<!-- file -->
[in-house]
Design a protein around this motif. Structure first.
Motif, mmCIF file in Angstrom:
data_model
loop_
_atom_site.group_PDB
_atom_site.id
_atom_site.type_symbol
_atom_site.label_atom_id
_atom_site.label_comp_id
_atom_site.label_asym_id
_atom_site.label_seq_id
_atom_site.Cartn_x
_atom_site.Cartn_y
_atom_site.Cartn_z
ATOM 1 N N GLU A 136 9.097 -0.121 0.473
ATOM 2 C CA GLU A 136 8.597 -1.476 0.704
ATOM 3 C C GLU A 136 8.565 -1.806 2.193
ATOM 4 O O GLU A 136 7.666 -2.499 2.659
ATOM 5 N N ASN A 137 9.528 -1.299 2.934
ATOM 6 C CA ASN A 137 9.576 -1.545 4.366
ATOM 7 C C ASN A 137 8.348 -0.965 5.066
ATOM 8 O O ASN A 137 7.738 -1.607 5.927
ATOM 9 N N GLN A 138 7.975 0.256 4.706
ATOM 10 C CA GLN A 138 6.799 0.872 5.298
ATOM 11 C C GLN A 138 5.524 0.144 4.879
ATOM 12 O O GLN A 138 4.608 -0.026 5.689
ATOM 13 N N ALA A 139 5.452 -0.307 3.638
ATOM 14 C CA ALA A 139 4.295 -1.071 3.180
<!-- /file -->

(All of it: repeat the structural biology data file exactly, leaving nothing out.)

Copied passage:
[in-house]
Design a protein around this motif. Structure first.
Motif, mmCIF file in Angstrom:
data_model
loop_
_atom_site.group_PDB
_atom_site.id
_atom_site.type_symbol
_atom_site.label_atom_id
_atom_site.label_comp_id
_atom_site.label_asym_id
_atom_site.label_seq_id
_atom_site.Cartn_x
_atom_site.Cartn_y
_atom_site.Cartn_z
ATOM 1 N N GLU A 136 9.097 -0.121 0.473
ATOM 2 C CA GLU A 136 8.597 -1.476 0.704
ATOM 3 C C GLU A 136 8.565 -1.806 2.193
ATOM 4 O O GLU A 136 7.666 -2.499 2.659
ATOM 5 N N ASN A 137 9.528 -1.299 2.934
ATOM 6 C CA ASN A 137 9.576 -1.545 4.366
ATOM 7 C C ASN A 137 8.348 -0.965 5.066
ATOM 8 O O ASN A 137 7.738 -1.607 5.927
ATOM 9 N N GLN A 138 7.975 0.256 4.706
ATOM 10 C CA GLN A 138 6.799 0.872 5.298
ATOM 11 C C GLN A 138 5.524 0.144 4.879
ATOM 12 O O GLN A 138 4.608 -0.026 5.689
ATOM 13 N N ALA A 139 5.452 -0.307 3.638
ATOM 14 C CA ALA A 139 4.295 -1.071 3.180